It is not the case at all that Szczecin is a puzzle to Poland simply because Poland has not studied its own history and geography sufficiently and does not like puzzles. The problem is more profound. For years Szczecin was a puzzle to itself. Even today it is still not sure of itself. Of its raison d’être. Of its place on the country’s map, in the country’s history, and in its plans.
Today’s presence of museums in Polish cities demands redefinition of their role and reignition of public debate on it. This debate must be attended by museum workers, architects, urban planners, conservators, but also local government officials and anthropologists of culture.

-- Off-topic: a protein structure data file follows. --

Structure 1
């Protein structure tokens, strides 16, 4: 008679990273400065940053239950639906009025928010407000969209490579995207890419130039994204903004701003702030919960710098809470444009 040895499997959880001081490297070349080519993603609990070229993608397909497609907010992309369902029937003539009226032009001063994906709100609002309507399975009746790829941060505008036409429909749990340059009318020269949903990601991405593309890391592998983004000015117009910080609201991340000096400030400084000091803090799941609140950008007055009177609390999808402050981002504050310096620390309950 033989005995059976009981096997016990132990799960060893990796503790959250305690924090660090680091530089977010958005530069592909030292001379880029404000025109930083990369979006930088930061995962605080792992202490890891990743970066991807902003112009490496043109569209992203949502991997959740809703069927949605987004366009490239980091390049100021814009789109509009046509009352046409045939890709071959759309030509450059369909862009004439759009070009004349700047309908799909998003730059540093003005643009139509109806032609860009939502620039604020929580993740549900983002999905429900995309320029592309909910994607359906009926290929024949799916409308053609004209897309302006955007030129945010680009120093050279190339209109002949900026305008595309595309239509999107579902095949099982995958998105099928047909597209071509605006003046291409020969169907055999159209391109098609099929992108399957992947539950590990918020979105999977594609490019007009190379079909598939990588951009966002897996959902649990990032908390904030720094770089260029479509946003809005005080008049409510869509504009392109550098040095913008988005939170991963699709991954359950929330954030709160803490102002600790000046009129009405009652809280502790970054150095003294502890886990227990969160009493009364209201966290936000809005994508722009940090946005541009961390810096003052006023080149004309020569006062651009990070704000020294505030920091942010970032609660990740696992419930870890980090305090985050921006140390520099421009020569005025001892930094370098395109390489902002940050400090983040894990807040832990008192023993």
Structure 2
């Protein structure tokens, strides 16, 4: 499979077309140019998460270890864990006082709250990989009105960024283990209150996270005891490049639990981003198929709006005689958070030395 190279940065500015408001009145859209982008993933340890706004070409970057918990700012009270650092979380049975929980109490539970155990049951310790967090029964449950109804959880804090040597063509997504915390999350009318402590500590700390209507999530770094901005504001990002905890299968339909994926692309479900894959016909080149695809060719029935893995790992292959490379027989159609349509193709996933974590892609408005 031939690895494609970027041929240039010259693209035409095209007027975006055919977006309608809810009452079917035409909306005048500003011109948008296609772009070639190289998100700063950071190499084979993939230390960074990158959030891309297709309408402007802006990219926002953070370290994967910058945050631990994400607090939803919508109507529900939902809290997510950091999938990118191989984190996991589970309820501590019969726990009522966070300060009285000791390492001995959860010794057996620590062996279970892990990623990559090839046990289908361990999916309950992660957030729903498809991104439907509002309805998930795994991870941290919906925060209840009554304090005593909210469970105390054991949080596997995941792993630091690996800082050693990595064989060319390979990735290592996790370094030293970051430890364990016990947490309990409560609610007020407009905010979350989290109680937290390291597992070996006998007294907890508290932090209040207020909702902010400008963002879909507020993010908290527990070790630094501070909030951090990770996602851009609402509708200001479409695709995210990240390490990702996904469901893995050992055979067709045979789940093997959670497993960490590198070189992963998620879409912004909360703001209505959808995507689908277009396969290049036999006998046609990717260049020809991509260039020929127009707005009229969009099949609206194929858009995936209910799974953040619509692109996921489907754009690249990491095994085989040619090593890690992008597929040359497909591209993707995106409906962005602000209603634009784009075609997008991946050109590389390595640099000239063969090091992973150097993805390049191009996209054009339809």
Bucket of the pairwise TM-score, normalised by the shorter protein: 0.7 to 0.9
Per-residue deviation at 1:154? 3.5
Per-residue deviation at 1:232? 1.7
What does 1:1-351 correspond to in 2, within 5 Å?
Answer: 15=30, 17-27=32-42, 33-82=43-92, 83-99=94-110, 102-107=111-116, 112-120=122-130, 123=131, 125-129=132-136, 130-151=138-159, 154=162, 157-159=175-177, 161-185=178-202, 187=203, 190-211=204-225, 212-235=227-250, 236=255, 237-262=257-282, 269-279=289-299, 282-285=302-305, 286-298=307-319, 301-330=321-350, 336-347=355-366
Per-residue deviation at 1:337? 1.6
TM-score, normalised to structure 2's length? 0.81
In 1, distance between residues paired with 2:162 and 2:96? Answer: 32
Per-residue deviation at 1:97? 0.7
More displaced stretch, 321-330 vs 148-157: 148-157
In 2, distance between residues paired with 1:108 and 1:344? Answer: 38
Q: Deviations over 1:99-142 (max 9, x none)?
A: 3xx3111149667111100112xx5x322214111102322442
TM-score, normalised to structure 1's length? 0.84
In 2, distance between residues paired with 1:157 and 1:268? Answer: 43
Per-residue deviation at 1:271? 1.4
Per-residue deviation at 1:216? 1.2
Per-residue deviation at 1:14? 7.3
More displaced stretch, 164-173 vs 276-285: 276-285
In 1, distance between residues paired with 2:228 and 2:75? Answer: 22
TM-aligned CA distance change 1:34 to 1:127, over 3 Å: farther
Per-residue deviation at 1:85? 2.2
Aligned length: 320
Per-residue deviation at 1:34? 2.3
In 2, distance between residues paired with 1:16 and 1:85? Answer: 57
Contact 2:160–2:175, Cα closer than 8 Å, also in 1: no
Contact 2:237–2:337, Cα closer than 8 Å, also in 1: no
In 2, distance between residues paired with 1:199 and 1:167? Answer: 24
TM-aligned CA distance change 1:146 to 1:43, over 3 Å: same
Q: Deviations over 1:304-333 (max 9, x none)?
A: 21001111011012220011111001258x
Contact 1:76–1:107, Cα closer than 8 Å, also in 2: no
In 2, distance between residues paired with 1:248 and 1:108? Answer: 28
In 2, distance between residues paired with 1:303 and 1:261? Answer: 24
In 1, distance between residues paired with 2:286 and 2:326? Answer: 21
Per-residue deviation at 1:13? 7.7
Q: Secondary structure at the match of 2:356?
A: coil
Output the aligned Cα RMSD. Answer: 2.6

Today’s Perm is a city which defies the post Soviet misery with an impressive determination, building its identity on ideas, culture and museums. It is ever more boldly reaching for the title of the creative and cultural capital of Russia, unperturbed by the seemingly inviolable primacy of Moscow and St. Petersburg
Did one of the smallest (roughly 170,000 inhabitants) cities designated European Capital of Culture rise to the challenge, made all the more difficult by the fact that it happened in unusual circumstances – in the year of Romania joining the European Union?